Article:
A Column by
Senator Joe Pittman
41st Senatorial District
The COVID-19 pandemic has created extraordinary challenges that clearly require the cooperation of all branches and levels of government. Unfortunately, Governor Wolf has maintained nearly absolute power over the past year, disregarding the opinions of lawmakers and the public.
The impact of that unilateral governance has been tough on many of our citizens. Far too many of Pennsylvania’s employers were arbitrarily shutdown and suffered under restrictions well beyond the recommendations of national health experts. Those closures thrust displaced workers into an overwhelmed unemployment system. The needs of long-term care residents were ignored or jeopardized by directives from the Administration. And now, even as we see a light at the end of the tunnel, the initial rollout of the vaccine was badly botched.
Meanwhile, the Governor simply – and routinely – just extends his own powers under successive emergency declarations. That must change. We are a democracy, not a monarchy. The people of Pennsylvania — and their representatives in the General Assembly – must be a part of the process.
Last Session, and again in February, the Legislature approved Senate Bill 2, amendments to the Pennsylvania Constitution that would provide a stronger system of checks and balances in how state government responds to emergencies to avoid these kinds of negative consequences.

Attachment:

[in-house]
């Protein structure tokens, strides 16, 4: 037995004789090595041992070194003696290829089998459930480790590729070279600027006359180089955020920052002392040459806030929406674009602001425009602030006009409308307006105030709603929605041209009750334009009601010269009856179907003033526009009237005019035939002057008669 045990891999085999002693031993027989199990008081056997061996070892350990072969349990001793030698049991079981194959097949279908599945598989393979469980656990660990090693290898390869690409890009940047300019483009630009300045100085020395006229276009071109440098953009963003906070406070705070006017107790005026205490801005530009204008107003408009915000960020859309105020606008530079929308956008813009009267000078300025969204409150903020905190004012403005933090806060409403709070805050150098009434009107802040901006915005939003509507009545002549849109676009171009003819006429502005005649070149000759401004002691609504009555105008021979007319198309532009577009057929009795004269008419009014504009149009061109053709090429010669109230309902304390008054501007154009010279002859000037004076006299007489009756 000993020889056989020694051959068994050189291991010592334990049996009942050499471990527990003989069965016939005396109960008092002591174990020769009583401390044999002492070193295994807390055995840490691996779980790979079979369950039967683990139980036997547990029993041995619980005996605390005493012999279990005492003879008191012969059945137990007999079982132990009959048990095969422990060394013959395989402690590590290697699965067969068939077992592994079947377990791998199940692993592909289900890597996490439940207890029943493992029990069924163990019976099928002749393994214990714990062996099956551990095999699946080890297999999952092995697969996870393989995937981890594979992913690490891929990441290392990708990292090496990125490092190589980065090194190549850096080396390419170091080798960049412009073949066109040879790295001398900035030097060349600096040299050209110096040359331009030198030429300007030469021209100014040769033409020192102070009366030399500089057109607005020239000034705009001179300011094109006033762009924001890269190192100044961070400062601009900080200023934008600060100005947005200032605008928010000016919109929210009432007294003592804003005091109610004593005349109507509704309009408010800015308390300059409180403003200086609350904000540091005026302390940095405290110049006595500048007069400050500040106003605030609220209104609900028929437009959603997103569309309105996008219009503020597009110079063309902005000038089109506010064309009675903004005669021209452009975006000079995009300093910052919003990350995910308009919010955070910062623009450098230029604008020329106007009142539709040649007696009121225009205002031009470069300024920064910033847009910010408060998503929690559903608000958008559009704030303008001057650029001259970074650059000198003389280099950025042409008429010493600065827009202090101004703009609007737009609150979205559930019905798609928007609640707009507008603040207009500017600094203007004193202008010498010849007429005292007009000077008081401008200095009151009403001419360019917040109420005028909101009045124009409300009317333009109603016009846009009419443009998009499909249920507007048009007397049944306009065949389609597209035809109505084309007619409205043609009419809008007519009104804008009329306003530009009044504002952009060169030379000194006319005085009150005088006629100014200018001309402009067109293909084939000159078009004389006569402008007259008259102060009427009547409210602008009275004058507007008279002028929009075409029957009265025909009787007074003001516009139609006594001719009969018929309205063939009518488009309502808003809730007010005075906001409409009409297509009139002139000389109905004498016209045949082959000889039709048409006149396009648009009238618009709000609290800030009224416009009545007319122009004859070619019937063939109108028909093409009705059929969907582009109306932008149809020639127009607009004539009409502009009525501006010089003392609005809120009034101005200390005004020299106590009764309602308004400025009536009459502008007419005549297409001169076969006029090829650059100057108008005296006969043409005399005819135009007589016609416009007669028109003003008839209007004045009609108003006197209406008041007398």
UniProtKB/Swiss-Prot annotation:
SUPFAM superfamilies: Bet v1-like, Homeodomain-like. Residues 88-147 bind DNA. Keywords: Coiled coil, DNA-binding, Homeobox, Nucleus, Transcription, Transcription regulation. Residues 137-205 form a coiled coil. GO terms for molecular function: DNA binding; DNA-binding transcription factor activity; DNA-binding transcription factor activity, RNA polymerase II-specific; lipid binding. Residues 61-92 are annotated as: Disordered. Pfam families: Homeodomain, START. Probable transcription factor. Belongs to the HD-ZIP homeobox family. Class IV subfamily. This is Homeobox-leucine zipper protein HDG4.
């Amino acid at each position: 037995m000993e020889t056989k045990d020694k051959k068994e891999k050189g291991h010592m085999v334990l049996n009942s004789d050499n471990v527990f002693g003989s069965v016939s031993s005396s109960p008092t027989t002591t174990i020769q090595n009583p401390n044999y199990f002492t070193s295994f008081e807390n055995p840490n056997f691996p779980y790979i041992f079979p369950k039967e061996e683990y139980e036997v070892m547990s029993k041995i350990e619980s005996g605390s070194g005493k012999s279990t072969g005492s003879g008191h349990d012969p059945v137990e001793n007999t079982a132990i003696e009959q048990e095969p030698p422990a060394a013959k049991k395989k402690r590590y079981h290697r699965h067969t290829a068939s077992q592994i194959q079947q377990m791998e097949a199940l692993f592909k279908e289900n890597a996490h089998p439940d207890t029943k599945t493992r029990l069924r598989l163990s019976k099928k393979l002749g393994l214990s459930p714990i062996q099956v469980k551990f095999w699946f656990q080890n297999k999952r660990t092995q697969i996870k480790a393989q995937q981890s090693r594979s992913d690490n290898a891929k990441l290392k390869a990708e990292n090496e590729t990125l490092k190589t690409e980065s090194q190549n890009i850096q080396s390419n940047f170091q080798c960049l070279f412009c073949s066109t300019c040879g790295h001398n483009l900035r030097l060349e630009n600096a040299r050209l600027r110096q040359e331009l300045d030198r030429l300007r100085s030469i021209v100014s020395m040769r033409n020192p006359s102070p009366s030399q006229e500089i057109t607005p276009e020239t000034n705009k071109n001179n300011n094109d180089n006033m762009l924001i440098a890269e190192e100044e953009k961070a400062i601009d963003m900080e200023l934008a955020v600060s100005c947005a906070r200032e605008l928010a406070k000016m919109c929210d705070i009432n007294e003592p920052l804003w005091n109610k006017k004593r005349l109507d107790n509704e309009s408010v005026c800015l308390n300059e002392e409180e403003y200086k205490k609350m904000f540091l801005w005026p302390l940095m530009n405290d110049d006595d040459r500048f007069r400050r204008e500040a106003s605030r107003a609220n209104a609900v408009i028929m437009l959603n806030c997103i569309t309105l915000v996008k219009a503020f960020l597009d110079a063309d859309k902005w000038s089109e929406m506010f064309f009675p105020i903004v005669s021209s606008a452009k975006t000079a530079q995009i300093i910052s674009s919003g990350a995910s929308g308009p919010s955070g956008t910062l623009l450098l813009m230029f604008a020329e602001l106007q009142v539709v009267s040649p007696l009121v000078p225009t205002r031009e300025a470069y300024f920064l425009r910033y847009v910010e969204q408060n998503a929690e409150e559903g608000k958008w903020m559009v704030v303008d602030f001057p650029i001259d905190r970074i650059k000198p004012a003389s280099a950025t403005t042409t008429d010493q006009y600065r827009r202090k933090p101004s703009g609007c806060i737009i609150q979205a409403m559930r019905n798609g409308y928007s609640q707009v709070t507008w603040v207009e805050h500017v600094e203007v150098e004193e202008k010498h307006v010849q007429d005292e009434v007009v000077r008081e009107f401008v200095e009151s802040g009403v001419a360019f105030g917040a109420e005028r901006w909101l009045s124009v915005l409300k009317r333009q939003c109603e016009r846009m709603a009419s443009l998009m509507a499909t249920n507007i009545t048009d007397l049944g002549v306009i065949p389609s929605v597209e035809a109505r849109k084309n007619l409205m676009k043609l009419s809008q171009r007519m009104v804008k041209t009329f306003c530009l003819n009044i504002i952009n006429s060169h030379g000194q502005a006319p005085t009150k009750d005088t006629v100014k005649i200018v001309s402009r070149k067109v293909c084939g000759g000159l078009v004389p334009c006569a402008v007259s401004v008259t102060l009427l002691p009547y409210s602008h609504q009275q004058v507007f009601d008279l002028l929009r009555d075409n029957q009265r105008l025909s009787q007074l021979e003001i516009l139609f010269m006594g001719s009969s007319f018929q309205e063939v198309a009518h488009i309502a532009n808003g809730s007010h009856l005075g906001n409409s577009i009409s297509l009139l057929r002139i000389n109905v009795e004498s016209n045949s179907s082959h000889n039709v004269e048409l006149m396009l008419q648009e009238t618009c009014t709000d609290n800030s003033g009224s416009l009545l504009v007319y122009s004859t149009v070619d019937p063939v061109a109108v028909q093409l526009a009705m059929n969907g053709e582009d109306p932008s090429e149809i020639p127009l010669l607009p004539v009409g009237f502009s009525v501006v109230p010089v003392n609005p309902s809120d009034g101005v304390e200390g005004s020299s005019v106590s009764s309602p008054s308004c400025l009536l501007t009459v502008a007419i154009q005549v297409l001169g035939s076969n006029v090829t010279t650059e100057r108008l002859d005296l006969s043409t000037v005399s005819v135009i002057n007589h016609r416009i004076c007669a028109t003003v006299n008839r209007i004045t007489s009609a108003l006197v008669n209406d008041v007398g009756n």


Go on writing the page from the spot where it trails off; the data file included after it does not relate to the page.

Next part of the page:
The amendments now before the voters in the May primary give voters the final say on whether a Governor – any Governor — should be permitted to keep an emergency declaration in place for an indefinite period of time, or whether lawmakers should have the power to limit future emergency declarations if a Governor abuses this power or deeply infringes on the rights of citizens.
The intent of these amendments is not to divide state government; the goal is to require the Governor to work collaboratively with lawmakers and local emergency officials to avoid the kind of negative consequences we have seen during the COVID-19 pandemic.
Unfortunately, the Department of State distributed substantially altered language of the amendments that will appear on the ballot for voters this spring. Instead of simply informing voters in plain terms what the amendments would do, the Department inserted politically charged and prejudicial language into the ballot questions to scare Pennsylvanians into voting against their own interests.
To be clear, nothing in these amendments would prevent a Governor and state agencies from responding to any emergency. Any Governor could declare a state of emergency to respond in the days following any sort of catastrophe; however, the amendments would ensure these powers would not be open-ended.
Amending the state Constitution is intended to be a deliberative process between the General Assembly and the people of Pennsylvania. The only role of the Executive Branch is to present the questions to voters in a fair, even-handed way. It is deeply disappointing that the Administration has proven incapable of performing that one simple task without attempting to subvert this process for political gain.
The only way we can fight back is to ensure that these amendments are approved at the ballot box – no matter how badly the questions are worded. Our plea to Pennsylvanians is simply this: vote YES on the proposed constitutional amendments this spring.